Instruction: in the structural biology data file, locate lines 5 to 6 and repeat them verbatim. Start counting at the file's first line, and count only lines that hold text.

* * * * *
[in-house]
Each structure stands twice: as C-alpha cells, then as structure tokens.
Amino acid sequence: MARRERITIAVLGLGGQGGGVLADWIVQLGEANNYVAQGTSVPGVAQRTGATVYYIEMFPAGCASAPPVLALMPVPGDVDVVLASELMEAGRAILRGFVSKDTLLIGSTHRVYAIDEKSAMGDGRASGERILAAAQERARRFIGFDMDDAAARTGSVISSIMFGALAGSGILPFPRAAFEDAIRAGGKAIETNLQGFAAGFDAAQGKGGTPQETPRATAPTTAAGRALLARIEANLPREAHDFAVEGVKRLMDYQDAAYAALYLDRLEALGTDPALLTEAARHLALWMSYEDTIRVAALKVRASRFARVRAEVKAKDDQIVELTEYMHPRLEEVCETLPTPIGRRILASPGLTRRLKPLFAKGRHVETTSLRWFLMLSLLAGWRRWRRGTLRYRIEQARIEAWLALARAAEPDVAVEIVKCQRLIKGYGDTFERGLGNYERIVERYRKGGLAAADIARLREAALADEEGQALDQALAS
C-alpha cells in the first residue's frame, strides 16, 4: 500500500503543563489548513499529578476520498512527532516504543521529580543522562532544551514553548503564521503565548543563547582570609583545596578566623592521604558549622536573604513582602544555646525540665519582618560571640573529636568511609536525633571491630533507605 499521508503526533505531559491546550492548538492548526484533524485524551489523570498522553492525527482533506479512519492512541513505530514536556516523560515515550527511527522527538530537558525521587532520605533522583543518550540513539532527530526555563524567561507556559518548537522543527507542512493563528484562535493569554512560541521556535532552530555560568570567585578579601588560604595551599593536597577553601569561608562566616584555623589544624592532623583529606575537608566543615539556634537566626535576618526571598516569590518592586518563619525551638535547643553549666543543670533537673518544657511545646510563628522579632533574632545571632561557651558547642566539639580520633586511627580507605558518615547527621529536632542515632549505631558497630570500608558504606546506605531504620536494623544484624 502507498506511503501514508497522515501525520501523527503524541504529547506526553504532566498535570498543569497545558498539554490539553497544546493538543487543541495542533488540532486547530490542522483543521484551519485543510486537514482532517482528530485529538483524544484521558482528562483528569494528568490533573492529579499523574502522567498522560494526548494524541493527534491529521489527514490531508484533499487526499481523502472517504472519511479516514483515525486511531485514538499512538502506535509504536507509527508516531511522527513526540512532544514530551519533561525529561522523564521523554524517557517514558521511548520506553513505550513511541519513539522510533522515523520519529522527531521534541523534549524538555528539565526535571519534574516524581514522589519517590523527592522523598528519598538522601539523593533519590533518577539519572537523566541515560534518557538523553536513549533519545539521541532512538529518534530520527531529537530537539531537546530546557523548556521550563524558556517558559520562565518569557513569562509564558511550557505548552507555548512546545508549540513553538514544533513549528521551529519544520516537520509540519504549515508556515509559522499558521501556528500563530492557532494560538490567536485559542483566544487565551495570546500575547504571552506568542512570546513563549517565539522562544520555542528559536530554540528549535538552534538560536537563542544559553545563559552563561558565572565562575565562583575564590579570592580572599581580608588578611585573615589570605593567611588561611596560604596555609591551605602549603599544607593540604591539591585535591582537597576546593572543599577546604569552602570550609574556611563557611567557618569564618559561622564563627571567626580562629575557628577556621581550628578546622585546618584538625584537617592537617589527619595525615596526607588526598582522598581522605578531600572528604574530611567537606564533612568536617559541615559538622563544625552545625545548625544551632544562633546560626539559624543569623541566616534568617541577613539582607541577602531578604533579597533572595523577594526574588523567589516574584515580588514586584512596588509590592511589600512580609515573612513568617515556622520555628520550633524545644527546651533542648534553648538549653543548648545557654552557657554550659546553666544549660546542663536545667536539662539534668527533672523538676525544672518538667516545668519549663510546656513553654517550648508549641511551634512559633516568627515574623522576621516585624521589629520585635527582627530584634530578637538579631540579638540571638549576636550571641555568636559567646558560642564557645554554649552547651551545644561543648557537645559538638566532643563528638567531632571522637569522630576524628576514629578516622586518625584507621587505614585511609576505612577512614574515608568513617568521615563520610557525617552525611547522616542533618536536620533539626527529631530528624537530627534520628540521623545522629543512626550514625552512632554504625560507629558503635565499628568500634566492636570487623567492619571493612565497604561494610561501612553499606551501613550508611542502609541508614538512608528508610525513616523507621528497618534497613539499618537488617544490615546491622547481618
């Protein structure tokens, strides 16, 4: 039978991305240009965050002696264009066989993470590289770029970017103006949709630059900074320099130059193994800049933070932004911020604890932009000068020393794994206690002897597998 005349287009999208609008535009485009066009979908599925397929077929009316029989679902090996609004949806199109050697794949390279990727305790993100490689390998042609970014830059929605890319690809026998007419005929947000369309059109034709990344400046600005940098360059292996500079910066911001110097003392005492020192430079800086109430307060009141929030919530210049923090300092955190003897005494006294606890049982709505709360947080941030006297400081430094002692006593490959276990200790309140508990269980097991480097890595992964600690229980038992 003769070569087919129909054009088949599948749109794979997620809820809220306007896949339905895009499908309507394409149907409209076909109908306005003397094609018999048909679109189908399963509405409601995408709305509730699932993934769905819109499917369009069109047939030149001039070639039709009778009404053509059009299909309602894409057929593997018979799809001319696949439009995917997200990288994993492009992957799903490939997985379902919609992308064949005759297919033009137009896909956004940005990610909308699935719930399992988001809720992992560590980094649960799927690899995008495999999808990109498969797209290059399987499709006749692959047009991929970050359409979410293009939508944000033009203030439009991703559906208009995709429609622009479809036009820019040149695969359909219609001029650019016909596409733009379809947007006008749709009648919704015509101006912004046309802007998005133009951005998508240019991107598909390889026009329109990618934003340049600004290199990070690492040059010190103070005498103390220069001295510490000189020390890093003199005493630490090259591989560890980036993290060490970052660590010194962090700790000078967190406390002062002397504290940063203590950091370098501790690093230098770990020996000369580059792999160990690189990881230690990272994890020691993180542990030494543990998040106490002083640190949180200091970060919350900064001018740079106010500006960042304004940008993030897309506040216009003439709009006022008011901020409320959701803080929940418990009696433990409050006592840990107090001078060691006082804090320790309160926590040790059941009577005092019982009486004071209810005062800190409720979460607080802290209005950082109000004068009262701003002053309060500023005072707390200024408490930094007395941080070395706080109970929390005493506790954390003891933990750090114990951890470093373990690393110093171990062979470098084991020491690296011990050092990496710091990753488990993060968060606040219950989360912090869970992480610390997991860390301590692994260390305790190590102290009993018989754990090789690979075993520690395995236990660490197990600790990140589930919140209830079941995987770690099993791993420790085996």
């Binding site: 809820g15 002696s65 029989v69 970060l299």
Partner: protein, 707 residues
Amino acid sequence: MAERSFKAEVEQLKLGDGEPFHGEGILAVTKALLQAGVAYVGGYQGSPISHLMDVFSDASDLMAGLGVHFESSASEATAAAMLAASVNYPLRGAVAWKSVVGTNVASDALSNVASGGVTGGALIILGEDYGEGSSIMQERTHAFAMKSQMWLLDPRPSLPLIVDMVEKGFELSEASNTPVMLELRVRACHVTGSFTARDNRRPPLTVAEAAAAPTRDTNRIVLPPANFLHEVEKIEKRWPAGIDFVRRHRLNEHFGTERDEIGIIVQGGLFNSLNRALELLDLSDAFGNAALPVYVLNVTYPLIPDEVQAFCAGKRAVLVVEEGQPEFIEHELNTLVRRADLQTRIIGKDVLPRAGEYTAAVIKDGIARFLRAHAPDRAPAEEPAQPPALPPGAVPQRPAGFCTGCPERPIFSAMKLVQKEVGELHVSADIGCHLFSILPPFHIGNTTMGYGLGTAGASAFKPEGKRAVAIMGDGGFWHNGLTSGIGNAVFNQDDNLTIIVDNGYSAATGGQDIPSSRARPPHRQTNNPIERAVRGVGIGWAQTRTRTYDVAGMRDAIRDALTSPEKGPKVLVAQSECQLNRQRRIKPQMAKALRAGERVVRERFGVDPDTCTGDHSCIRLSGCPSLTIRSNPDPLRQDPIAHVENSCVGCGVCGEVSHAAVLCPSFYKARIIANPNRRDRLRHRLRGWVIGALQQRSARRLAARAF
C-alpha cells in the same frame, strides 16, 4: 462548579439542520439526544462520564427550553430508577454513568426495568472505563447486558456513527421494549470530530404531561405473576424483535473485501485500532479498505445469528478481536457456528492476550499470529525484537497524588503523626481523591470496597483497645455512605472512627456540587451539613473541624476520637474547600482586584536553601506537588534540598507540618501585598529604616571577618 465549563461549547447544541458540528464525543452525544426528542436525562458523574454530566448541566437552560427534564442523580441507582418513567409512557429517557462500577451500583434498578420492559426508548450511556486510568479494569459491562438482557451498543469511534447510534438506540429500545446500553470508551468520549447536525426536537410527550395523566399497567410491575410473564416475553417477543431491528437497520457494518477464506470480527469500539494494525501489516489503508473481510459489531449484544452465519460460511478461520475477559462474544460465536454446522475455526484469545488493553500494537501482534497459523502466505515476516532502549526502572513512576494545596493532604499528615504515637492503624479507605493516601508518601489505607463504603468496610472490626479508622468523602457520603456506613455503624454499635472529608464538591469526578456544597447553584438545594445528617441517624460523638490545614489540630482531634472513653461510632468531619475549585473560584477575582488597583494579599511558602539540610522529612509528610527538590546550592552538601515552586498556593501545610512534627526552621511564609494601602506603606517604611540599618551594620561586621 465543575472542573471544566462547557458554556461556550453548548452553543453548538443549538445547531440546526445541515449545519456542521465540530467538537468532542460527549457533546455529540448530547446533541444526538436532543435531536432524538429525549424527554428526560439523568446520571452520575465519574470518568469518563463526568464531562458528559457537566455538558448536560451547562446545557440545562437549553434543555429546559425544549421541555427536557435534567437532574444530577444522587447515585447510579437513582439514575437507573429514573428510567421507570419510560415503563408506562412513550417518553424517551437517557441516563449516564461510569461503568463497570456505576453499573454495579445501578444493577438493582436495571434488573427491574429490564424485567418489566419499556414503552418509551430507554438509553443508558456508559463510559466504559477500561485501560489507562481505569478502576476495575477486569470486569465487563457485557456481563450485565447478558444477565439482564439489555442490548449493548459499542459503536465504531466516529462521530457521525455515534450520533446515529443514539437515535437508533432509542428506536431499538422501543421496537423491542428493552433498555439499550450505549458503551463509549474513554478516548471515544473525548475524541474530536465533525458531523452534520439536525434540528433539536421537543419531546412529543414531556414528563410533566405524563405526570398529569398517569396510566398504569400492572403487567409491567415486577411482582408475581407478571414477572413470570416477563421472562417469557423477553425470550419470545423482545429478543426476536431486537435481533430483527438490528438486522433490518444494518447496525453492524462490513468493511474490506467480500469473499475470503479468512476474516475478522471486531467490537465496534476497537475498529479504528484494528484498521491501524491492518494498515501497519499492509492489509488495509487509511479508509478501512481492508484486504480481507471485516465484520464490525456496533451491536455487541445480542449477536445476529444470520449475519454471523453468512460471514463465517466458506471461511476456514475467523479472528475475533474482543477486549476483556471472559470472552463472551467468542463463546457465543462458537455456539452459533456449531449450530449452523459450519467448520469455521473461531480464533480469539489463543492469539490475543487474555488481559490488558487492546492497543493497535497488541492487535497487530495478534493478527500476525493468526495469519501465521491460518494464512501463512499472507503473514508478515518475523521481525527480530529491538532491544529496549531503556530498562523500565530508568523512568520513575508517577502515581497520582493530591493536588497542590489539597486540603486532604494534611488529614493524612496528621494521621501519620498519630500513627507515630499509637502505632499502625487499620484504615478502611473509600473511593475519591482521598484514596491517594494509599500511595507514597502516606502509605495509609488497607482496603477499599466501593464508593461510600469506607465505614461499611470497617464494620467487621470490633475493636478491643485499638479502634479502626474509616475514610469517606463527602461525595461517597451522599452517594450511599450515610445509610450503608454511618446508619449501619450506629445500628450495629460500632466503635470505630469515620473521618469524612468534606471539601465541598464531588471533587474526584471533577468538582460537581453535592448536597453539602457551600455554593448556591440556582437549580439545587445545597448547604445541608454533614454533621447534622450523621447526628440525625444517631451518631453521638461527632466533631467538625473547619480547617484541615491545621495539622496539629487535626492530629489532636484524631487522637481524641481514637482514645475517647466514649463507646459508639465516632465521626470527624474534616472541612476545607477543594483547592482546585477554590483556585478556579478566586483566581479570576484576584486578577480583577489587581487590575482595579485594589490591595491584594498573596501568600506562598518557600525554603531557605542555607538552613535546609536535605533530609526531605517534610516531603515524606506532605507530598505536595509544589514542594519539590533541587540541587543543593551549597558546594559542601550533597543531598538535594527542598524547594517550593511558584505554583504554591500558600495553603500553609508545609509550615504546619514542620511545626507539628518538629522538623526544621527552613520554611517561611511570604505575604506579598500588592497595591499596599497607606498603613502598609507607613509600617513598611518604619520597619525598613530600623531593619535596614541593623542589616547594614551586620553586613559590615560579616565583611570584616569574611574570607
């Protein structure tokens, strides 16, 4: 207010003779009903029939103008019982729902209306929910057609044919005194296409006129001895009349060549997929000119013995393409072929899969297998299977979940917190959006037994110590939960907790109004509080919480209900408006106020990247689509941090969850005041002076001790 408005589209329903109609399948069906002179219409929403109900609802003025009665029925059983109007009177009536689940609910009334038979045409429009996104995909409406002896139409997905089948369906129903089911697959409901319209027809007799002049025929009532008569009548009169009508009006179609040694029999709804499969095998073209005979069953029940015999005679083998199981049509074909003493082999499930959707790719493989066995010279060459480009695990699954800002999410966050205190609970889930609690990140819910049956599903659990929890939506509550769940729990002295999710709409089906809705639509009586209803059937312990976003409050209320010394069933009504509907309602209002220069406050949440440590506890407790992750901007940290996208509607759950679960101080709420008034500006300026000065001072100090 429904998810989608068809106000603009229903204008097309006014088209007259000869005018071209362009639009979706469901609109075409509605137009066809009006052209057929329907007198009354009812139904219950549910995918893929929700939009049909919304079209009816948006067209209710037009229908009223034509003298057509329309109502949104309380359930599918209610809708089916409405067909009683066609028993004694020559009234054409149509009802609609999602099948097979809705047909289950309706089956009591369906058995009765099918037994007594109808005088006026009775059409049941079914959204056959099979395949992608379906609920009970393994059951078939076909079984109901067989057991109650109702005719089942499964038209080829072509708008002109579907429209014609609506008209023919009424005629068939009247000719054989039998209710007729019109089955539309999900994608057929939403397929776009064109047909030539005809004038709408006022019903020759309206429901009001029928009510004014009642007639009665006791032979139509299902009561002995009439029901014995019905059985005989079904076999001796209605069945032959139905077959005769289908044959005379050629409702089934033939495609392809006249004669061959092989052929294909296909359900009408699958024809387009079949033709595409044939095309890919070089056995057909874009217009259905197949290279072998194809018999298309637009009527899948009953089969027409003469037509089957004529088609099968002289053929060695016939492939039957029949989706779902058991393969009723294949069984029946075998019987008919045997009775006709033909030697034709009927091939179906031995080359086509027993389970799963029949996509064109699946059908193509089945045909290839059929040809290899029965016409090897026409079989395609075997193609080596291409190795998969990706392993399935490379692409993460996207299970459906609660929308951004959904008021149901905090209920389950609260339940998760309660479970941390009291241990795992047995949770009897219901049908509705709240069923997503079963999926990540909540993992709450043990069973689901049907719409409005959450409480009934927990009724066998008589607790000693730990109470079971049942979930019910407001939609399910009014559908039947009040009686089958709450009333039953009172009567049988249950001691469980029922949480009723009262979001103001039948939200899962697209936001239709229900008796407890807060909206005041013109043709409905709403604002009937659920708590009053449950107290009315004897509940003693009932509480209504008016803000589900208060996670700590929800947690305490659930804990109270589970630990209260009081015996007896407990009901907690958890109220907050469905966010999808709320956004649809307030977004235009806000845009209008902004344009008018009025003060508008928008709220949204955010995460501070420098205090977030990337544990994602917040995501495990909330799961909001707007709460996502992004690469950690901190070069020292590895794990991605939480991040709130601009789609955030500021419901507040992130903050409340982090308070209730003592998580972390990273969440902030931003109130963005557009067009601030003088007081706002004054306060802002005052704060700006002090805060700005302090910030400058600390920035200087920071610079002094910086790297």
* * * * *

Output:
């Protein structure tokens, strides 16, 4: 039978991305240009965050002696264009066989993470590289770029970017103006949709630059900074320099130059193994800049933070932004911020604890932009000068020393794994206690002897597998 005349287009999208609008535009485009066009979908599925397929077929009316029989679902090996609004949806199109050697794949390279990727305790993100490689390998042609970014830059929605890319690809026998007419005929947000369309059109034709990344400046600005940098360059292996500079910066911001110097003392005492020192430079800086109430307060009141929030919530210049923090300092955190003897005494006294606890049982709505709360947080941030006297400081430094002692006593490959276990200790309140508990269980097991480097890595992964600690229980038992 003769070569087919129909054009088949599948749109794979997620809820809220306007896949339905895009499908309507394409149907409209076909109908306005003397094609018999048909679109189908399963509405409601995408709305509730699932993934769905819109499917369009069109047939030149001039070639039709009778009404053509059009299909309602894409057929593997018979799809001319696949439009995917997200990288994993492009992957799903490939997985379902919609992308064949005759297919033009137009896909956004940005990610909308699935719930399992988001809720992992560590980094649960799927690899995008495999999808990109498969797209290059399987499709006749692959047009991929970050359409979410293009939508944000033009203030439009991703559906208009995709429609622009479809036009820019040149695969359909219609001029650019016909596409733009379809947007006008749709009648919704015509101006912004046309802007998005133009951005998508240019991107598909390889026009329109990618934003340049600004290199990070690492040059010190103070005498103390220069001295510490000189020390890093003199005493630490090259591989560890980036993290060490970052660590010194962090700790000078967190406390002062002397504290940063203590950091370098501790690093230098770990020996000369580059792999160990690189990881230690990272994890020691993180542990030494543990998040106490002083640190949180200091970060919350900064001018740079106010500006960042304004940008993030897309506040216009003439709009006022008011901020409320959701803080929940418990009696433990409050006592840990107090001078060691006082804090320790309160926590040790059941009577005092019982009486004071209810005062800190409720979460607080802290209005950082109000004068009262701003002053309060500023005072707390200024408490930094007395941080070395706080109970929390005493506790954390003891933990750090114990951890470093373990690393110093171990062979470098084991020491690296011990050092990496710091990753488990993060968060606040219950989360912090869970992480610390997991860390301590692994260390305790190590102290009993018989754990090789690979075993520690395995236990660490197990600790990140589930919140209830079941995987770690099993791993420790085996």
């Binding site: 809820g15 002696s65 029989v69 970060l299």